Harry Potter and The Half-Blood Prince 15 ñòðàíèöà
“I am not from the asylum,” said Dumbledore patiently. “I am a teacher and, if you will sit down calmly, I shall tell you about Hogwarts. Of course, if you would rather not come to the school, nobody will force you —”
“I’d like to see them try,” sneered Riddle.
“Hogwarts,” Dumbledore went on, as though he had not heard Riddle’s last words, “is a school for people with special abilities —”
“I’m not mad!”
“I know that you are not mad. Hogwarts is not a school for mad people. It is a school of magic.”
There was silence. Riddle had frozen, his face expressionless, but his eyes were flickering back and forth between each of Dumbledore’s, as though trying to catch one of them lying.
“Magic?” he repeated in a whisper.
“That’s right,” said Dumbledore.
“It’s… it’s magic, what I can do?”
“What is it that you can do?”
“All sorts,” breathed Riddle. A flush of excitement was rising up his neck into his hollow cheeks; he looked fevered. “I can make filings move without touching them. I can make animals do what I want them to do, without training them. I can make bad things happen to people who annoy me. I can make them hurt if I want to.”
His legs were trembling. He stumbled forward and sat down on the bed again, staring at his hands, his head bowed as though in prayer.
“I knew I was different,” he whispered to his own quivering fingers. “I knew I was special. Always, I knew there was something.”
“Well, you were quite right,” said Dumbledore, who was no longer smiling, but watching Riddle intently. “You are a wizard.”
Riddle lifted his head. His face was transfigured: There was a wild happiness upon it, yet for some reason it did not make him better looking; on the contrary, his finely carved features seemed somehow rougher, his expression almost bestial.
“Are you a wizard too?”
“Yes, I am.”
“Prove it,” said Riddle at once, in the same commanding tone he had used when he had said, “Tell the truth.”
Dumbledore raised his eyebrows. “If, as I take it, you are accepting your place at Hogwarts—”
“Of course I am!”
“Then you will address me as ‘Professor’ or ‘sir.’”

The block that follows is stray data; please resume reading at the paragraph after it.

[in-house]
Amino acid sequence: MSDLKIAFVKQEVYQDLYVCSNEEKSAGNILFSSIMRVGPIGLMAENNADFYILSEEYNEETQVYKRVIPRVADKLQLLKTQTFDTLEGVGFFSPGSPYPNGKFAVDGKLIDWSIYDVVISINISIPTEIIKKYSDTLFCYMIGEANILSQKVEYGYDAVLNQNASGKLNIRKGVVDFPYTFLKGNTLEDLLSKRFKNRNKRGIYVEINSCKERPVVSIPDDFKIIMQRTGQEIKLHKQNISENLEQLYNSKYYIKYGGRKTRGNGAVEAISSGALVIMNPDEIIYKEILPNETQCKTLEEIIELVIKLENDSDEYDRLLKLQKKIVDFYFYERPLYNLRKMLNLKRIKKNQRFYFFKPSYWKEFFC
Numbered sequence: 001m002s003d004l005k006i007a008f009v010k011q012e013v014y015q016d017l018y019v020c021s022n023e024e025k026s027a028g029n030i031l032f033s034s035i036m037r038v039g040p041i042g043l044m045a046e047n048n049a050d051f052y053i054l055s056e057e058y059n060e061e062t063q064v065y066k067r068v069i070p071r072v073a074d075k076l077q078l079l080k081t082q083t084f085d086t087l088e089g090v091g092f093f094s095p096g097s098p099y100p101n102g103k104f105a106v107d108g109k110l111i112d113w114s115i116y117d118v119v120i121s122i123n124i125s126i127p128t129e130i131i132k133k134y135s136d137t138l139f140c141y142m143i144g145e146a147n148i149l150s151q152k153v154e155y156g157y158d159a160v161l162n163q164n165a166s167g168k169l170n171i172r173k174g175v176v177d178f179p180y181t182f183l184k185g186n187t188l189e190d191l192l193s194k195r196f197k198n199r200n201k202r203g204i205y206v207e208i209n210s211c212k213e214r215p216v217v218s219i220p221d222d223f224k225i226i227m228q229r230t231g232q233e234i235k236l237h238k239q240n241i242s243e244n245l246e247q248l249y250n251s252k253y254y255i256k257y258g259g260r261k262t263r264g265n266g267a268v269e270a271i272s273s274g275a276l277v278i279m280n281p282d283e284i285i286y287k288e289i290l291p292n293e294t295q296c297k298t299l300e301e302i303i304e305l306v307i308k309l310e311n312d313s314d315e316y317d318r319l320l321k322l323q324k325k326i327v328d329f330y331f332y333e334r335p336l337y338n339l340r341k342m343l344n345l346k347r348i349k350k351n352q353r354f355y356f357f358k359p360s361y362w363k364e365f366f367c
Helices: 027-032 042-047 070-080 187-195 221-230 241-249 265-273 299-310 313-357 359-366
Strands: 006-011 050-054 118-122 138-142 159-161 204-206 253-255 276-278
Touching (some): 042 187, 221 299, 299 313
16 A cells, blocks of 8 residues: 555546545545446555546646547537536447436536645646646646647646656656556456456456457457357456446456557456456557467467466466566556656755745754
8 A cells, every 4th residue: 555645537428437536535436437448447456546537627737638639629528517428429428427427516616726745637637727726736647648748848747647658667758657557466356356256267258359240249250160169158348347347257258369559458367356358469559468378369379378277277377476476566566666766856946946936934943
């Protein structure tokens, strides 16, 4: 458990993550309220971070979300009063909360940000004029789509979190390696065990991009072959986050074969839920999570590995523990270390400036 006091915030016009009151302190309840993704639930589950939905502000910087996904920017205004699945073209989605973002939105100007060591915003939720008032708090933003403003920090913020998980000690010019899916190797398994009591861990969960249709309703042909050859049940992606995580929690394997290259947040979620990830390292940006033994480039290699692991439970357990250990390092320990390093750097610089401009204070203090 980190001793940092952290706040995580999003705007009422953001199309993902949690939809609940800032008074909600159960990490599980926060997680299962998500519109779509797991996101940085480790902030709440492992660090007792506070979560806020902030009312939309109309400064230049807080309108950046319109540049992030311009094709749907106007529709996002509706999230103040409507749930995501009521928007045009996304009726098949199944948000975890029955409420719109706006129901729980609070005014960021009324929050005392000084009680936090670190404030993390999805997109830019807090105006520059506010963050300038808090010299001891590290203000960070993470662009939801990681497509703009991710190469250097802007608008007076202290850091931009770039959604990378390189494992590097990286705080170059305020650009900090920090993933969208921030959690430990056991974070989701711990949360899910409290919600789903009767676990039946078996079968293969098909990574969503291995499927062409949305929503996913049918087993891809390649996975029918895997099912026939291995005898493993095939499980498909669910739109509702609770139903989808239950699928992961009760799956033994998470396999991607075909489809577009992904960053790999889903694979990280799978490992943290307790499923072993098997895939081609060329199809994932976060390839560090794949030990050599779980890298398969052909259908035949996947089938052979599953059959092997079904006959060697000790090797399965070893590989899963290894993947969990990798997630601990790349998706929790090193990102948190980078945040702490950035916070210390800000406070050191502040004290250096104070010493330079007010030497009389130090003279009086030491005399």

Riddle’s expression hardened for the most fleeting moment before he said, in an unrecognizably polite voice, “I’m sorry, sir. I meant — please, Professor, could you show me — ?”
Harry was sure that Dumbledore was going to refuse, that he would tell Riddle there would be plenty of time for practical demonstrations at Hogwarts, that they were currently in a building full of Muggles and must therefore be cautious. To his great surprise, however, Dumbledore drew his wand from an inside pocket of his suit jacket, pointed it at the shabby wardrobe in the corner, and gave the wand a casual flick.
The wardrobe burst into flames.
Riddle jumped to his feet; Harry could hardly blame him for howling in shock and rage; all his worldly possessions must be in there. But even as Riddle rounded on Dumbledore, the flames vanished, leaving the wardrobe completely undamaged.
Riddle stared from the wardrobe to Dumbledore; then, his expression greedy, he pointed at the wand. “Where can I get one of them?”
“All in good time,” said Dumbledore. “I think there is something trying to get out of your wardrobe.”
And sure enough, a faint rattling could be heard from inside it. For the first time, Riddle looked frightened.
“Open the door,” said Dumbledore.
Riddle hesitated, then crossed the room and threw open the wardrobe door. On the topmost shelf, above a rail of threadbare clothes, a small cardboard box was shaking and rattling as though there were several frantic mice trapped inside it.
“Take it out,” said Dumbledore.
Riddle took down the quaking box. He looked unnerved.
“Is there anything in that box that you ought not to have?” asked Dumbledore.
Riddle threw Dumbledore a long, clear, calculating look. “Yes, I suppose so, sir,” he said finally, in an expressionless voice.
“Open it,” said Dumbledore.
Riddle took off the lid and tipped the contents onto his bed without looking at them. Harry, who had expected something much more exciting, saw a mess of small, everyday objects: a yo-yo, a silver thimble, and a tarnished mouth organ among them. Once free of the box, they stopped quivering and lay quite still upon the thin blankets.
“You will return them to their owners with your apologies,” said Dumbledore calmly, putting his wand back into his jacket. “I shall know whether it has been done. And be warned: Thieving is not tolerated at Hogwarts.”
Riddle did not look remotely abashed; he was still staring coldly and appraisingly at Dumbledore. At last he said in a colorless voice, “Yes, sir.”
“At Hogwarts,” Dumbledore went on, “we teach you not only to use magic, but to control it. You have — inadvertently, I am sure — been using your powers in a way that is neither taught nor tolerated at our school. You are not the first, nor will you be the last, to allow your magic to run away with you. But you should know that Hogwarts can expel students, and the Ministry of Magic — yes, there is a Ministry — will punish lawbreakers still more severely. All new wizards must accept that, in entering our world, they abide by our laws.”
“Yes, sir,” said Riddle again.
It was impossible to tell what he was thinking; his face remained quite blank as he put the little cache of stolen objects back into the cardboard box. When he had finished, he turned to Dumbledore and said baldly, “I haven’t got any money.”
“That is easily remedied,” said Dumbledore, drawing a leather money-pouch from his pocket. “There is a fund at Hogwarts for those who require assistance to buy books and robes. You might have to buy some of your spellbooks and so on secondhand, but —”